Nuremberg Christmas Market, Germany

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Continuing the blog’s feature: Throwback Tuesday Post (TBTP)!

Every Tuesday, I re-post a past blog I think is relevant and that you might enjoy seeing again.

This post was originally published on December 26, 2011, and updated on December 18, 2018.

As I said in my last post, the Kronach post was to be my last travel journal this year. However, my new friend Elke and her husband Tilman (“Til”) invited me to their city to see one of the most famous Christmas markets in Germany. I met Elke because she took English lessons during the summer and I was her teacher. Note: she didn’t need many lessons because her English is so good, but I’m glad she wanted them because it made us friends. She is a judge in the courts in Bamberg and her husband works as Siemens. I can tell I’ve been in Germany a while because when I tell people he works for Siemens, I don’t laugh anymore!
Anyway, Elke and I have lunch every few weeks and we three have similar tastes in restaurants, wine, etc. So when they offered to meet me at the Christmas market last Sunday I jumped at the chance.
Nuremberg’s was the very first German Christmas market I ever visited. My husband took me there in 1987 when we were just newlyweds. I remember how cold it was and how the Gluhwein (mulled wine) warmed us so well. I remember the man calling out, “Heisse Maroni!” I had no idea what it was, but I loved the sights and sounds! BTW, it means “roasted chestnuts.”
Bamberg, where I live, has a Christmas market, but it truly doesn’t hold a candle to Nuremberg’s. Nuremberg’s is much bigger and somehow has a better feel. There are far more people, but it’s worth it.
So, in an effort to extend what is a wonderful Christmas, I’m posting photos from the market. Cheryl, who visited me this summer, will recognize the Catholic church presiding over the market square with the lovely Schoener Brunnen in the foreground of this shot:
A view over the top of the stalls of the market in the main square:
Every burg in Germany has its own sausage specialty. Nuremberg’s is its bratwurst. Every other stall of the market was food!

This man was scowling until he saw the camera. I caught him midway between his scowl and the smile he mustered for me. He is surrounded by dolls made of – get this – dried plums, figs and walnuts!

These nativity scenes are hand-carved from olive wood:

My hosts and tour guides, Til and Elke:

More bratwurst – don’t forget the mustard!

I wasn’t brave enough to risk getting trampled by the horses to get a clear shot, but the guy on the other side of the driver is playing strong, clear notes of Christmas carols on a trumpet. You can see the trumpet if you try.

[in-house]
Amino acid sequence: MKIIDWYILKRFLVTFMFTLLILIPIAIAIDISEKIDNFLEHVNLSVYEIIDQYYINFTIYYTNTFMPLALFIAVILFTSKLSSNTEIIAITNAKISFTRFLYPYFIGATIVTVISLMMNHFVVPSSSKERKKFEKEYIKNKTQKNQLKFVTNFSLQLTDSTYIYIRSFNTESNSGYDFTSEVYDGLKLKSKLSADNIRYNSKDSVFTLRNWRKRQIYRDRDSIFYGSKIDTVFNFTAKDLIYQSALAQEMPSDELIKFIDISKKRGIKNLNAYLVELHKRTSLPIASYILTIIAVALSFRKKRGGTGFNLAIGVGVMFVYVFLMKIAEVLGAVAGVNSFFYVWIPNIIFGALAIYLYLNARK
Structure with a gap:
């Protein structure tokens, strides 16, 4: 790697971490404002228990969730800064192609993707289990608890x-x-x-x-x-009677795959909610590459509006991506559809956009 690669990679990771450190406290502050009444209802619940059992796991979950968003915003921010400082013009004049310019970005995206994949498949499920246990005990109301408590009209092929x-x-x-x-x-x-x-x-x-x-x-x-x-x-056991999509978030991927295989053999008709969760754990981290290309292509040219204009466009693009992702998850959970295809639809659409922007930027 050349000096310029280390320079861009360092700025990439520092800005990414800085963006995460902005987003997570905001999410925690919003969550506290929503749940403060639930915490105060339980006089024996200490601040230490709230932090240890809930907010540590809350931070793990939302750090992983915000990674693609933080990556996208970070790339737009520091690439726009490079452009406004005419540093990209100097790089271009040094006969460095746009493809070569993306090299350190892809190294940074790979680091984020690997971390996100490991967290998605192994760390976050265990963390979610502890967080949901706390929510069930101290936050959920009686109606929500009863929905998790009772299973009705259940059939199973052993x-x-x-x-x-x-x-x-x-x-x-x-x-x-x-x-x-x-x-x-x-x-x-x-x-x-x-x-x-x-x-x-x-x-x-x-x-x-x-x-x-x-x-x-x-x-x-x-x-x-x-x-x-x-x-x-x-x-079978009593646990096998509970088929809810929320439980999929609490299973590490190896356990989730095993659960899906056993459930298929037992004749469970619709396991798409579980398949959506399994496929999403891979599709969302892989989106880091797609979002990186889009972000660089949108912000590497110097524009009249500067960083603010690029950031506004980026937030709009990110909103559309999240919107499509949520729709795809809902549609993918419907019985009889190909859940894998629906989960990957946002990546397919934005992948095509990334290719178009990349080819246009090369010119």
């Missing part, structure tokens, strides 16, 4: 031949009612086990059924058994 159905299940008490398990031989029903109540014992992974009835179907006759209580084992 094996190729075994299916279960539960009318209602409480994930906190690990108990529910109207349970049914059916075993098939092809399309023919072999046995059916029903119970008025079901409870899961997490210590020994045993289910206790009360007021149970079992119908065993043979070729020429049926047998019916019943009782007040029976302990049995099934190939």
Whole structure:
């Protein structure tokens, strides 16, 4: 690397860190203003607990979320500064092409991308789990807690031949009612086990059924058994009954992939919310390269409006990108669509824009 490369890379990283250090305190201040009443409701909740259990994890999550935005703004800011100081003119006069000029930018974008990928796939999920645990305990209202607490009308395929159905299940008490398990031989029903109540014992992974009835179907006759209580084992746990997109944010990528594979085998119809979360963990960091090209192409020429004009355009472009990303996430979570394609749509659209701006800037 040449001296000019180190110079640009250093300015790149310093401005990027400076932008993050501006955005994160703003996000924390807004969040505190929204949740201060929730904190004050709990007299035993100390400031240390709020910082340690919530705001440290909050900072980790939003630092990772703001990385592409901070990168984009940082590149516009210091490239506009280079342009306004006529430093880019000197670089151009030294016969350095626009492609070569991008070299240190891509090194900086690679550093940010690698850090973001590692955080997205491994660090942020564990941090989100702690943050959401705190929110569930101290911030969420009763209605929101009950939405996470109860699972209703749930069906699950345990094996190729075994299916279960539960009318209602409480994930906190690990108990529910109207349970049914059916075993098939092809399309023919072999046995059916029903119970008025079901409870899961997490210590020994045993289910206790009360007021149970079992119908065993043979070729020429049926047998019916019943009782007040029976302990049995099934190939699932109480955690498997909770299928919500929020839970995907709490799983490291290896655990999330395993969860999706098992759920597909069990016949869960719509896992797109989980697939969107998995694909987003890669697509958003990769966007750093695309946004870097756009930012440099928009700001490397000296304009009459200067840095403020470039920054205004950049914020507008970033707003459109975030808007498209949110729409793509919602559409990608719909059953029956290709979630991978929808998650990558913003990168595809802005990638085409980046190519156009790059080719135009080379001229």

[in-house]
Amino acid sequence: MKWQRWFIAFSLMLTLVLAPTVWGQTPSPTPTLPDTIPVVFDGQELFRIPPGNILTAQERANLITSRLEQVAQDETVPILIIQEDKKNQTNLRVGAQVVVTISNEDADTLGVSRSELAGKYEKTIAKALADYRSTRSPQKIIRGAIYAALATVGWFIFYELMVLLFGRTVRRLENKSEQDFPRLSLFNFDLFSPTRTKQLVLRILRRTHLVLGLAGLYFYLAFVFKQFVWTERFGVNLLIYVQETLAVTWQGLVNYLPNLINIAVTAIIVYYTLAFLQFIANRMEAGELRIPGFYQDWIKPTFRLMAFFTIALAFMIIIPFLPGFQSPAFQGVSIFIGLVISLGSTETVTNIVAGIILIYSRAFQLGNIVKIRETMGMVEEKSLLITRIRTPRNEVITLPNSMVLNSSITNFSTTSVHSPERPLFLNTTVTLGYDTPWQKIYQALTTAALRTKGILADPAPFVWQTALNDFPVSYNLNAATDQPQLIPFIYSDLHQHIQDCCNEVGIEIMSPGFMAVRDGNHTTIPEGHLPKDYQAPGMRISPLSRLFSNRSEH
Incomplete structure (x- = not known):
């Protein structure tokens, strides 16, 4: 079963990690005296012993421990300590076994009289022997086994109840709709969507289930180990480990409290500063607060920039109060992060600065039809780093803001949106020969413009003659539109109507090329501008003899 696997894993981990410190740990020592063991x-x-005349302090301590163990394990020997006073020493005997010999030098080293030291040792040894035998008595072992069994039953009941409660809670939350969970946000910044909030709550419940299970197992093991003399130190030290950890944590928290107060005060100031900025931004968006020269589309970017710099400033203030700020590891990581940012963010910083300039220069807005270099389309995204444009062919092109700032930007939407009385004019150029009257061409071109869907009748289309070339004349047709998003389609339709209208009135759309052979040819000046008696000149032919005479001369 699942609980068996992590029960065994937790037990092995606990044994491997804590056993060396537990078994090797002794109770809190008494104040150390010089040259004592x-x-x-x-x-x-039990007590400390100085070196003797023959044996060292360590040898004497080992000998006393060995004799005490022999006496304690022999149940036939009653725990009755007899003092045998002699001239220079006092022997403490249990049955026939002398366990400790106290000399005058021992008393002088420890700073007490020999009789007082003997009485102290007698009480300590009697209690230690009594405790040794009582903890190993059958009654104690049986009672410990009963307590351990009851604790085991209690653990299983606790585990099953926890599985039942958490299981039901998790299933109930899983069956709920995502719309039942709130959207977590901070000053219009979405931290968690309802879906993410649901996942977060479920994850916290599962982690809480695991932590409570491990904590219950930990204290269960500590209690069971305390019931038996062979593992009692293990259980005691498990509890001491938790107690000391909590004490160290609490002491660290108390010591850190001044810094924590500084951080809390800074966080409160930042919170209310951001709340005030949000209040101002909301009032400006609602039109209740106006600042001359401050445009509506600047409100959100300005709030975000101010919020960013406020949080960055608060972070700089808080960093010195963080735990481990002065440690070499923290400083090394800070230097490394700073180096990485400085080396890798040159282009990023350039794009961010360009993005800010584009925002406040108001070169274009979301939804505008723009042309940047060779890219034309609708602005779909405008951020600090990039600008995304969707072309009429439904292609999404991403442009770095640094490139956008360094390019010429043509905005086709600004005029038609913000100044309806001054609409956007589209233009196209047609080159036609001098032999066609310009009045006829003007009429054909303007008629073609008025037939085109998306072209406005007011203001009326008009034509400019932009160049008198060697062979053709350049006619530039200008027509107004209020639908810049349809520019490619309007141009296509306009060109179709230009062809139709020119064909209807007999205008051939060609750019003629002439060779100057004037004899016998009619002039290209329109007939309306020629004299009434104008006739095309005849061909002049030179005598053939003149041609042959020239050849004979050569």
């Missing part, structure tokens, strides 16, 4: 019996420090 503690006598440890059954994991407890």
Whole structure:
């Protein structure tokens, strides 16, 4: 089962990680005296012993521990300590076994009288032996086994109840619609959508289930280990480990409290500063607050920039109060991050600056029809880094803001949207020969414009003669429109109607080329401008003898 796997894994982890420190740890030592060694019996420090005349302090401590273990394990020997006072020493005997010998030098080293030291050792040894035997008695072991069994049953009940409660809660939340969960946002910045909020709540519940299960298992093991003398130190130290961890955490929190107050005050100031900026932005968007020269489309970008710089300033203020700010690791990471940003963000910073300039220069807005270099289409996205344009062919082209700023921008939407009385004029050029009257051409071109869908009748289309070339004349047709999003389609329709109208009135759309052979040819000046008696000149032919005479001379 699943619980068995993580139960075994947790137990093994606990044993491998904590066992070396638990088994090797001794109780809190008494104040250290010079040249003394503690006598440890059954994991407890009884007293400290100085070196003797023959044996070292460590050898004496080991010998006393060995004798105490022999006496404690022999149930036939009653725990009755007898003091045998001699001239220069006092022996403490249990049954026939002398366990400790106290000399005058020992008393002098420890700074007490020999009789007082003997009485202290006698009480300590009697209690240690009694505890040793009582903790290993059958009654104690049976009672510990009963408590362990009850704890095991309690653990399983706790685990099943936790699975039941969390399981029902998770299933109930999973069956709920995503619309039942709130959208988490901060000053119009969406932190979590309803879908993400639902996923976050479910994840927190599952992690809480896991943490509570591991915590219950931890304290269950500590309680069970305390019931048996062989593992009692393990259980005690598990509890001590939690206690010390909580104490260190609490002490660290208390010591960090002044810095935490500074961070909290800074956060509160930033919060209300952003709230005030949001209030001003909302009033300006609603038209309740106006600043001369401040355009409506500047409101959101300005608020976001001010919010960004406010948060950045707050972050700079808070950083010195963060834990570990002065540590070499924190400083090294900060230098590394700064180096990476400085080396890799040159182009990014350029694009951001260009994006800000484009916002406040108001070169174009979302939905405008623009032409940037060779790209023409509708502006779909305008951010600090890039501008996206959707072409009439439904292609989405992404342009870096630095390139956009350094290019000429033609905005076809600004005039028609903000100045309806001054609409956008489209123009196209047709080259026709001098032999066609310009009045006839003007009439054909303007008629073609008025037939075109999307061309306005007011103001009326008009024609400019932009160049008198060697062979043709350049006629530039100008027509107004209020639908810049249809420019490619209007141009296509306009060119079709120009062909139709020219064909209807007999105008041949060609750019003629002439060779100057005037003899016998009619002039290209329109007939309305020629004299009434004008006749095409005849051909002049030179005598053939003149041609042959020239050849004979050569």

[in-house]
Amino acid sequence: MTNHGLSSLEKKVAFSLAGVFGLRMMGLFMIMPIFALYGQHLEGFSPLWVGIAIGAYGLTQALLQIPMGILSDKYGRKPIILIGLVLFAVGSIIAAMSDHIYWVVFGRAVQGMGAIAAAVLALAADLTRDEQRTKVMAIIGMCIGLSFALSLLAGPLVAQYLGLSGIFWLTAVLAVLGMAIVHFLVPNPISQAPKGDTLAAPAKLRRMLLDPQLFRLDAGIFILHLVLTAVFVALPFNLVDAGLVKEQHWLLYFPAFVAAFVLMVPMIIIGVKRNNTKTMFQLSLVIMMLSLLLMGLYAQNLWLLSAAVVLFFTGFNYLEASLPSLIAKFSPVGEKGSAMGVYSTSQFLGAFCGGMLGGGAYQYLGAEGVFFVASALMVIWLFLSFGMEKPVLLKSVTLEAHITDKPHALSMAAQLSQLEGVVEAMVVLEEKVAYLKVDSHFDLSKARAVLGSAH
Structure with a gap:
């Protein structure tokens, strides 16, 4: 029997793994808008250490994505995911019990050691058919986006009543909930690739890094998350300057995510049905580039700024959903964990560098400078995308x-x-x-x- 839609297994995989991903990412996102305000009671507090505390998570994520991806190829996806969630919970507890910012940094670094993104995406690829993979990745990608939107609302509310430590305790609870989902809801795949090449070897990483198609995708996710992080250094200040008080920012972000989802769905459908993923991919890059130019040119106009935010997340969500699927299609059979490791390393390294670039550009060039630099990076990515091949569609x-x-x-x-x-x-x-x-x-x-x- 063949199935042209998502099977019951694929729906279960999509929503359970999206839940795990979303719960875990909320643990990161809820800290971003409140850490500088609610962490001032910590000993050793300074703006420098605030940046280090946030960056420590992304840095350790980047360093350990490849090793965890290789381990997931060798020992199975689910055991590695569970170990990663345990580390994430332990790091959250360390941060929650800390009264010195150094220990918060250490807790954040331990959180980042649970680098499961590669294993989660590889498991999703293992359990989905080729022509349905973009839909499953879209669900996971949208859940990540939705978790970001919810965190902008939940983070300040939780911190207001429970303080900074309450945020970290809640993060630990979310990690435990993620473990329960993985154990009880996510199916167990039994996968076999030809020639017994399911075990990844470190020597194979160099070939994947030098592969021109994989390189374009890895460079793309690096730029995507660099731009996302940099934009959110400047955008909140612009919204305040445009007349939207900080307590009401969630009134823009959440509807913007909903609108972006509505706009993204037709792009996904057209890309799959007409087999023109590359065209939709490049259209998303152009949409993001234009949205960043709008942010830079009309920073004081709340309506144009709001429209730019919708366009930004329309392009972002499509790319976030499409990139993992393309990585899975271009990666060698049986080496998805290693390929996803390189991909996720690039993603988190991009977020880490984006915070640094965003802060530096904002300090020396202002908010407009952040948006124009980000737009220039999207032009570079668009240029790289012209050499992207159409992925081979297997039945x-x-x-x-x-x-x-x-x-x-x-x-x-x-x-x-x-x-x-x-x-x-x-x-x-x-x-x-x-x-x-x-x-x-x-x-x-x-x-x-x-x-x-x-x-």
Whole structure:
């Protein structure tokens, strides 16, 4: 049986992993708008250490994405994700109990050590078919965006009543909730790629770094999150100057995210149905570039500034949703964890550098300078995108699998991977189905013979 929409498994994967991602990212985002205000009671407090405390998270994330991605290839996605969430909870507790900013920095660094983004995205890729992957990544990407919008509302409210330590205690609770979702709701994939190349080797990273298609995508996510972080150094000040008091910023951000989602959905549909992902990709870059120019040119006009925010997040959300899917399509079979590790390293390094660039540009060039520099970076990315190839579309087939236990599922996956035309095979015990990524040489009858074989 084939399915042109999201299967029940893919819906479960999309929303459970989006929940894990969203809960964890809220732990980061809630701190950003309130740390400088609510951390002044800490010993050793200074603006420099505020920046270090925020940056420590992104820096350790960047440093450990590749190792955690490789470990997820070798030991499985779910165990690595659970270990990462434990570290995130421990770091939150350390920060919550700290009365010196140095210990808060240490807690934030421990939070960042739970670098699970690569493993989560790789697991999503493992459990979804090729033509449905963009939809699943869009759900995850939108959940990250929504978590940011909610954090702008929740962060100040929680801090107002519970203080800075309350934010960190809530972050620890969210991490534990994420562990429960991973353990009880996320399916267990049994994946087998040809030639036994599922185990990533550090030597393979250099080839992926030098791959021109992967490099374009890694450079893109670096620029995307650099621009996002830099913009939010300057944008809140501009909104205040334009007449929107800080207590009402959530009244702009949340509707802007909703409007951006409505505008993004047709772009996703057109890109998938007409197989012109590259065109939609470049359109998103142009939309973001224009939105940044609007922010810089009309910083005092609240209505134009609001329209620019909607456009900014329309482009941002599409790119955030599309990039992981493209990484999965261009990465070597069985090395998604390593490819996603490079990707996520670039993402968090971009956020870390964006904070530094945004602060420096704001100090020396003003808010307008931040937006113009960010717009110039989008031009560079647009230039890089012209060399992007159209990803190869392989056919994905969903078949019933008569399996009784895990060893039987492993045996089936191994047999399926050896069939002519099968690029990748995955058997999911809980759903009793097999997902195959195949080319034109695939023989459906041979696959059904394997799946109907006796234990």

An indication of the crowds:

Nuremberg is REALLY famous for its Lebkuchen Christmas cookies, called gingerbread in English. I made them myself again this year with Hilde using her secret recipe. Check out my post from last year for what that’s like. Elke and Til told me they have an official competition in Nuremberg every year for the best Lebkuchen. Here is one of the top contenders:

We had our standing lunch of Nuremberg bratwurst (Til is also a photographer):

To my sister Cheryl:  Don’t look at this next picture:

Many towns have sister cities all over the world. For example, New Port Richey has a sister city on the French Riviera. Go figure. Anyway, my point is that Nuremberg has about a dozen sister cities. There was a section of the Christmas market with a stall for each of the sister cities. Each one sold specialties from that town, of course. For example, Vienna’s stall had lovely masks:

One of the sister cities was Atlanta, Georgia, USA. I was intrigued to see what they presented as specialties from Atlanta. See for yourself:

After perusing almost every market stall, we turned off the square and walked the side streets back to the train station. Along the way we saw the Lion’s Club collecting:

St. Nick looking a little lost:

Here’s a string of Bocksbeutel wine bottles, a traditional wine bottle shape for the region.

I threatened to post this next photo and tell everyone it is a famous Nuremberg site that is not to be missed. If throngs of tourists showed up at this dentist’s office window snapping photos, I’ll know I have a wide audience!

Elke and Til took me to this fountain, which I’d seen many times and photographed in the past. However, until they told me the story behind the fountain, I didn’t know it was referred to as the “Marriage Fountain” and has sculptures based on a poem written in 1541 describing the stages of marriage. I’ll leave you to decide for yourself which images are early, middle or late marriage:

Too soon it was time to hop the train back to Bamberg. What an enjoyable day with fabulous weather and wonderful sights, sounds and smells of the holidays. I treasure experiences like this!
Here’s hoping all of you are having a cozy, happy holiday season yourself. See you next year!
Photo for No Apparent Reason: